Hacking Mr. CEO (Billionaire Heists #3) - Anna Hackett


Rogue Angel


“Oh, you think you can keep me out? Not today.” My fingers danced over my keyboard. It glowed, each keystroke near soundless. I’d paid a small fortune for the keyboard and laptop.

They were my babies.

I’d already mapped the target system. Their cybersecurity was good, but not great. I knew I had tripped some alarm, so they were aware I was poking around.

“But no one can stop the Rogue Angel.” With a smile, I stared at the glowing screen, analyzing the code. I tapped in a command.

Woot. I was in.

I wiggled my butt in my chair. Time to finish this.

I zoomed through the system, found the file I needed, and made a copy.

Time to go.

I left my signature image behind—glowing, blue angel wings made of computer code.

Smiling, I sat back and flexed my hands. Then I polished my nails on my shirt, and blew on them. I was a hacker, so I kept my nails short and neat, but I loved painting them. They were currently bright, eye-searing yellow.

Next, I opened up a new window and made a call.

My boss appeared on-screen.

I took a second to appreciate the view—Killian Hawke deserved a second or two of appreciation.

The man always made me think of a sharp blade, honed to precision. He was lean, had a hawkish face, black hair, black eyes. Those eyes were sharp and missed nothing. He wore a black suit even though it was Sunday—I’d never seen him in anything else. Even across the computer screen, he radiated a predatory danger that made my hindbrain sit very, very still.

“Done,” I said. “Check your inbox.”

The head of Sentinel Security glanced to his left, then nodded.

“Well done, Remi. Impressive, as always.”

Damn, the man had the sexiest voice. Like warm, melted chocolate with a dash of spice. It totally didn’t go with the sleek, dangerous persona.

“Our client will be very happy,” Killian said.

“Happy that I hacked them?”

“Happy they know their vulnerabilities, and how Sentinel Security can help plug them.”

And pay Killian a bazillion dollars for his trouble.

Sentinel did all kinds of security. I knew Killian had a private army of ex-military badasses, but he also specialized in cybersecurity. I’d been working for Sentinel for several years. Companies hired me to test their systems and improve their security. It was a sweet deal. I used my special skills, and got a paycheck at the end of each month.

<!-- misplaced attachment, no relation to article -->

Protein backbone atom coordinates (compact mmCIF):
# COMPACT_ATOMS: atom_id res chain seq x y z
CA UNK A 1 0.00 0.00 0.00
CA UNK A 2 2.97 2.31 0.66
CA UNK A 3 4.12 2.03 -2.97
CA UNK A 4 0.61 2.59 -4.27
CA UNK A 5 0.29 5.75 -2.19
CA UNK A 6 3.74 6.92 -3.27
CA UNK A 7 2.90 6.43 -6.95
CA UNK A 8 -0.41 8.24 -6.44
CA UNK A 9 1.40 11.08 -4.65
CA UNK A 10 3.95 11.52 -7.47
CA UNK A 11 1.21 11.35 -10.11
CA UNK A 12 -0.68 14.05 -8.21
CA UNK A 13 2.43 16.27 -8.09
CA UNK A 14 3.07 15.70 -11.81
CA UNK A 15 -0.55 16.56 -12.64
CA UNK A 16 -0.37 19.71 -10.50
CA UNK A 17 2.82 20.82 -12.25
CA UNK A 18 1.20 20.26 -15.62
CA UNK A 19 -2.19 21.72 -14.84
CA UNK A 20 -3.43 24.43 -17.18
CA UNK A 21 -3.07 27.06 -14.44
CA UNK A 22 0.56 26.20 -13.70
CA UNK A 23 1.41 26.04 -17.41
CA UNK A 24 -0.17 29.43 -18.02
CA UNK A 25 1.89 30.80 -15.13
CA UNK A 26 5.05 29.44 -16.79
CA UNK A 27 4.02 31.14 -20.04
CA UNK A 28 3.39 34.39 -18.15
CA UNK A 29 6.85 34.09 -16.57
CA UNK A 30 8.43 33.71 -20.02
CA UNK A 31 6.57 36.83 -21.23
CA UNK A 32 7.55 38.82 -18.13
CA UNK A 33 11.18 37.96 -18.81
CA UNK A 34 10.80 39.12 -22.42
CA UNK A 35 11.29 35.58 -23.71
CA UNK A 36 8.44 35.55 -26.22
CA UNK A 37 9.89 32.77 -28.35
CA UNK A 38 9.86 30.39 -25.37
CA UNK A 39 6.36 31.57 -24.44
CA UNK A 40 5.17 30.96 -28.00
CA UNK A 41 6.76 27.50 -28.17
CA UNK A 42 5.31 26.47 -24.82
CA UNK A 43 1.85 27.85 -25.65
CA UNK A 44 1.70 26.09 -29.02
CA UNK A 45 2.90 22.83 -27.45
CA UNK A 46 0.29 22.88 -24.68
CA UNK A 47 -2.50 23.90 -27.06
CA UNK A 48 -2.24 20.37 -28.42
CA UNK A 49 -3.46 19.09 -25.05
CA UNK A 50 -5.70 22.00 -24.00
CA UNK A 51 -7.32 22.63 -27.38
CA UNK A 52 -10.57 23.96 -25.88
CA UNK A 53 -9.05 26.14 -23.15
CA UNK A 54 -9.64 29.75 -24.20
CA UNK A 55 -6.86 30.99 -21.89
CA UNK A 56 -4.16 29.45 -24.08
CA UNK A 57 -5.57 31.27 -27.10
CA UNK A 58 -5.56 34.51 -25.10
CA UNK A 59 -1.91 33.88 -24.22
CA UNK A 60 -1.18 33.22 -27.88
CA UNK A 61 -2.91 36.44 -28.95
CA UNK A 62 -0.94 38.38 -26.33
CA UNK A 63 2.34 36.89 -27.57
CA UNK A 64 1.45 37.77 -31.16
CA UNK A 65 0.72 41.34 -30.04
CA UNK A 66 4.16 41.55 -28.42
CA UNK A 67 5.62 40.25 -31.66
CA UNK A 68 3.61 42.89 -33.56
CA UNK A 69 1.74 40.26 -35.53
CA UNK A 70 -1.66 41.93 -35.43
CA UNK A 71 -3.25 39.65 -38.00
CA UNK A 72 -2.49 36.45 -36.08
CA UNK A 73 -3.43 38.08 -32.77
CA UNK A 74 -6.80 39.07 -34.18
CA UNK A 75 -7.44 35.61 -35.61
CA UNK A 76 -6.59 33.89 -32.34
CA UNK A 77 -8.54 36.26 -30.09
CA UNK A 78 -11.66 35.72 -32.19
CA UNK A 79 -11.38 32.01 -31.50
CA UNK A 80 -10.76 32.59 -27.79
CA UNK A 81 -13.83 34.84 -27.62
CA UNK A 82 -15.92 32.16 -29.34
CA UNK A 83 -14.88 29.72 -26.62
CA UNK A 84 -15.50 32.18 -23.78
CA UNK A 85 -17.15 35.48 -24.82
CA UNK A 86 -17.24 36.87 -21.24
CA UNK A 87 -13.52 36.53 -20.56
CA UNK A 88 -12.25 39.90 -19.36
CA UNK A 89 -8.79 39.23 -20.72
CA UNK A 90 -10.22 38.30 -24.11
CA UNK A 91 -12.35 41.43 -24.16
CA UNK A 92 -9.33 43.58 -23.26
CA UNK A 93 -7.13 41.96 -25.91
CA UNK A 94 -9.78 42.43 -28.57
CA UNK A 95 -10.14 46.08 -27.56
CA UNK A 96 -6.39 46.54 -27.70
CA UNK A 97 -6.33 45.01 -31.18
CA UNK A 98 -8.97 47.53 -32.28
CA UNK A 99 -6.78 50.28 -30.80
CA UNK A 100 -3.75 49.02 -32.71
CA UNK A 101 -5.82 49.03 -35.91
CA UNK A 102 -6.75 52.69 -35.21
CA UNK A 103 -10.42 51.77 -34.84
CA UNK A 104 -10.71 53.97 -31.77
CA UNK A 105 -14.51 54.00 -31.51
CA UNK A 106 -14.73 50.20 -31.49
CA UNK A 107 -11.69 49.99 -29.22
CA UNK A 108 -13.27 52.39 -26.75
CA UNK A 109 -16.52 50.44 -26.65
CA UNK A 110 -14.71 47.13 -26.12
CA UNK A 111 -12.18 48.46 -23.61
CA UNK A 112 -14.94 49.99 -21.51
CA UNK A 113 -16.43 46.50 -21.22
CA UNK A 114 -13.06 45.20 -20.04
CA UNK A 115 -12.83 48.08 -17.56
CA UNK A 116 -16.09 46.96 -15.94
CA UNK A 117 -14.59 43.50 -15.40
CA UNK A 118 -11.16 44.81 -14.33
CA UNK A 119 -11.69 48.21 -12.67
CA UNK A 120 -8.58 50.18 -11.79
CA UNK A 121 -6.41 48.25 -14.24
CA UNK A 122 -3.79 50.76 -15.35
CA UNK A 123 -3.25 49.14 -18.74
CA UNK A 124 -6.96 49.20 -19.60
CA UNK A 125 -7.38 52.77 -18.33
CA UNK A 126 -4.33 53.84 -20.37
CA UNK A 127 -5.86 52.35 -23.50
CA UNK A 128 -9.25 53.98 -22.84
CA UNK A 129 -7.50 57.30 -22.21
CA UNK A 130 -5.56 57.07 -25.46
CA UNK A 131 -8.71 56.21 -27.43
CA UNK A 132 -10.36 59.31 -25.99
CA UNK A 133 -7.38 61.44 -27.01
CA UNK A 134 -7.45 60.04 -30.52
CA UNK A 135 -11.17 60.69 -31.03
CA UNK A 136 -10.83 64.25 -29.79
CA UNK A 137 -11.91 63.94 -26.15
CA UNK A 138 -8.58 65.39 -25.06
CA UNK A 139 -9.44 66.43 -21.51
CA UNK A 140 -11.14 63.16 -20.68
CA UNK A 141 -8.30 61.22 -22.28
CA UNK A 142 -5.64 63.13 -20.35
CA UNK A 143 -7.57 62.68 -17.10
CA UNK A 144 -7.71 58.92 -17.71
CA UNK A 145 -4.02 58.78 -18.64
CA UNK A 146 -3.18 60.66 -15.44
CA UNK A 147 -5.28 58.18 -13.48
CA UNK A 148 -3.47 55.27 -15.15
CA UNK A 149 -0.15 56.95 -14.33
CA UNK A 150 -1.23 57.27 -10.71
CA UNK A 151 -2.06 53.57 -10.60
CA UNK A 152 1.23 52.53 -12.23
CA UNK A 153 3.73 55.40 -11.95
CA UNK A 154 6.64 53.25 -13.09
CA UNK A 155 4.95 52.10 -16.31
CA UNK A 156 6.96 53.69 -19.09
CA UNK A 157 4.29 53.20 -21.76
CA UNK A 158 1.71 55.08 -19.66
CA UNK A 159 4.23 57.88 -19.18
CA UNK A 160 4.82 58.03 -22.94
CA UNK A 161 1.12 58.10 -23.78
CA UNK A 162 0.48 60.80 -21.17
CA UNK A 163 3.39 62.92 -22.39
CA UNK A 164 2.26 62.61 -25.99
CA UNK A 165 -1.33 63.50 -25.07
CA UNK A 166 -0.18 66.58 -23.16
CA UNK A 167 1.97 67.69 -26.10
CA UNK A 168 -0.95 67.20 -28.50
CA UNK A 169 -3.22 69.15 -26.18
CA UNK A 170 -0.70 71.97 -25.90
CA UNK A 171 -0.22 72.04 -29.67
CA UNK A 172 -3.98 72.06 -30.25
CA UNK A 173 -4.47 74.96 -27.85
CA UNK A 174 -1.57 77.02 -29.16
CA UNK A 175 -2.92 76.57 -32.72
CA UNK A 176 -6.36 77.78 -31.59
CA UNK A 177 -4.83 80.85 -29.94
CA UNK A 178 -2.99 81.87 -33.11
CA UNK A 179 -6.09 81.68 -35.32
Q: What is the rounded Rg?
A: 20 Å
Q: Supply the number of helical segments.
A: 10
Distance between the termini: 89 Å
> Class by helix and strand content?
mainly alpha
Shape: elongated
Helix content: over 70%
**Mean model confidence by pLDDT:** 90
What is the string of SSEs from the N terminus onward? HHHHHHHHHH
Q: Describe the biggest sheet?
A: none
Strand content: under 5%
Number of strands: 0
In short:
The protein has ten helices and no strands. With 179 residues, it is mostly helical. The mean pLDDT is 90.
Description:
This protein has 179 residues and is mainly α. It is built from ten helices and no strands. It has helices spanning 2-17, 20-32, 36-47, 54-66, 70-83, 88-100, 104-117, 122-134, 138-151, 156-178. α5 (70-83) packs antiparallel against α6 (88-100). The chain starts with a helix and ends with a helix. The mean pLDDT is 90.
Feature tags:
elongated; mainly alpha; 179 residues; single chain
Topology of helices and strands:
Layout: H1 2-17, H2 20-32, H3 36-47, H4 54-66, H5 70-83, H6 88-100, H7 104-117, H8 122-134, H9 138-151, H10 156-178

“I’ll email you your next job, Remi.” The faintest tilt of Killian’s lips. “Or should I say, Rogue Angel?”

I grinned. “You aren’t supposed to know my secret persona.”

“I’m in security, remember?”

“Bye, Bossman.”

I ended the chat, closed my laptop, then glanced at my watch. The kids would be home from school soon, and my stomach rumbled. Mmm, I could do with some of Mama’s cookies.

I strode across my loft space. It wasn’t big, but it was mine. It had an industrial vibe, with my bed in one corner, shrouded by gauzy curtains. A tiny kitchenette that I barely used sat in another corner, a doorway led into my compact bathroom, and an open-plan living area where my desk took prime position against the far wall.

My gaze snagged on a picture above the desk.

I got a little shiver every time I saw it. It was of an angel warrior, coming in to land on the battlefield. I had a thing for angels. His huge, white wings were outspread, sword in hand, boots about to touch the ground. His body was mostly in shadow, but that didn’t hide the power of his musculature, or the hint of a rugged face.

Wrinkling my nose, I sighed. I wished they made men like that in real life.

I headed down the stairs, my boots thunking on the metal treads.

Noise assaulted me. There was some tool whirring close by, and I also got a hit of grease, gas, and exhaust.

My loft was above my foster brother’s auto shop. At the bottom of the stairs, I swiveled and saw three cars in various states of repair—one parked with the hood open, one hooked up to some machine, and another one up on the hoist, with a mechanic underneath.

I recognized Steve’s lean body, and baggy, grimy jeans. He was busy, and the guy that worked for him was away on vacation, so I guess that was why he was working on a Sunday. I headed out the open front doors.

Brr. It was a cold, gloomy day in Brooklyn. I wrapped my arms around myself. I should’ve grabbed my jacket, but thankfully I wasn’t going far.

I went